Part II of New Yorker Roundtable on Haitian Music

Ned Sublette:

In trying to understand the music of Haiti, I find myself taking a transnational approach, because, as I keep arguing, the Haitian revolution was a generative explosion for the popular music of the hemisphere. It sent populations up and down the Atlantic coast and the Antilles—and ultimately to New Orleans, where many families from Saint-Domingue were reunited. There are places today where you can connect the dots by listening. Let me, then, make some connections.

To Elizabeth’s evocation of the trumpet and snare drum of the colonial military bands (which ultimately became the basis of the jazz instrumentation in New Orleans), I would add the vocal legacy of the military drill, which evolved into the gruff vocal style of dancehall reggae. The adoption of this vocal style throughout the Antilles echoes the universality of the quadrille in the same territories two centuries ago, when a commandeur barked out the dance steps. Jump Here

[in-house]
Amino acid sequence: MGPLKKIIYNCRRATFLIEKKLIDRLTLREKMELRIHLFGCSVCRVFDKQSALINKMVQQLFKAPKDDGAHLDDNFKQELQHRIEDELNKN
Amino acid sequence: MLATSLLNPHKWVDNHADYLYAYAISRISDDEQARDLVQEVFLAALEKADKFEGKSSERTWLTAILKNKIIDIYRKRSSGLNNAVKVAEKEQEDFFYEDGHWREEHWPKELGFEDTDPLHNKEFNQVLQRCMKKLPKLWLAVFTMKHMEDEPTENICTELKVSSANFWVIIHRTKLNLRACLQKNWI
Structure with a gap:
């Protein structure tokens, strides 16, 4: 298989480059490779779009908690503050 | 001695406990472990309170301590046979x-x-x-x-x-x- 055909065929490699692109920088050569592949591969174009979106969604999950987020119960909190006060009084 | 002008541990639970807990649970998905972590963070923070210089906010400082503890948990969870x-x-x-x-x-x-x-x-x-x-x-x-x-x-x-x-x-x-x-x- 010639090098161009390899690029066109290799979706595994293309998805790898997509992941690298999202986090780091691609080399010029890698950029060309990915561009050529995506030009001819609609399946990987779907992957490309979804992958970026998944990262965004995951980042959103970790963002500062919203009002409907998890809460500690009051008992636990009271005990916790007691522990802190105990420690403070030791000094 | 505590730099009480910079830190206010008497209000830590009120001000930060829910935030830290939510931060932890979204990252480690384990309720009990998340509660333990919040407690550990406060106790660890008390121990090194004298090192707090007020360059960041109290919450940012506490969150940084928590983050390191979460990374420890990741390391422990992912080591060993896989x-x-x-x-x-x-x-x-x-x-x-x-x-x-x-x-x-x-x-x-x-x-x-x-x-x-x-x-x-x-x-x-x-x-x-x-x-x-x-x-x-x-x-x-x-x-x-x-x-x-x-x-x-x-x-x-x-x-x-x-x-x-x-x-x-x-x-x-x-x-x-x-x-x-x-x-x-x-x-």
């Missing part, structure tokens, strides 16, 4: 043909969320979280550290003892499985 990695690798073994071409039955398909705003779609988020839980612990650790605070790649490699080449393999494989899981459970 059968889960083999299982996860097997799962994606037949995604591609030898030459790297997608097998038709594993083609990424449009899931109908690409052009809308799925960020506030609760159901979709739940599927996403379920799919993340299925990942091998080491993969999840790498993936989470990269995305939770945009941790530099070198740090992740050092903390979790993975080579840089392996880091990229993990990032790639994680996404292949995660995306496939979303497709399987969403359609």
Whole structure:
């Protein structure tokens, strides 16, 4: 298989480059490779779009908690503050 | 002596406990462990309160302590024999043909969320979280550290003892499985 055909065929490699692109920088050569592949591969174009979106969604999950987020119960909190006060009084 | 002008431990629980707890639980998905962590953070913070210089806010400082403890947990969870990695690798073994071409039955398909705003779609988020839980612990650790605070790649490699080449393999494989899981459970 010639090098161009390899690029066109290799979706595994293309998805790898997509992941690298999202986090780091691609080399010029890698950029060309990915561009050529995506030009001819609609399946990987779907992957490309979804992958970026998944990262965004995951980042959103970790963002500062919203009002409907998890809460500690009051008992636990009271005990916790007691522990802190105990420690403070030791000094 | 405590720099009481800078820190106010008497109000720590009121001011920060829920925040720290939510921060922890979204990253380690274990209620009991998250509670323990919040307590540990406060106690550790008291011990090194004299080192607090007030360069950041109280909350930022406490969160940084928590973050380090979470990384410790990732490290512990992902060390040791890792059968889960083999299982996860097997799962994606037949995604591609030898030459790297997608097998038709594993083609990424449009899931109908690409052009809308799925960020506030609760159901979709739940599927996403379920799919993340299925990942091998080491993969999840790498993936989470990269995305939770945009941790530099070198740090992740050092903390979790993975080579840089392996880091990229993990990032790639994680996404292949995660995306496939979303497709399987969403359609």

Comments are closed.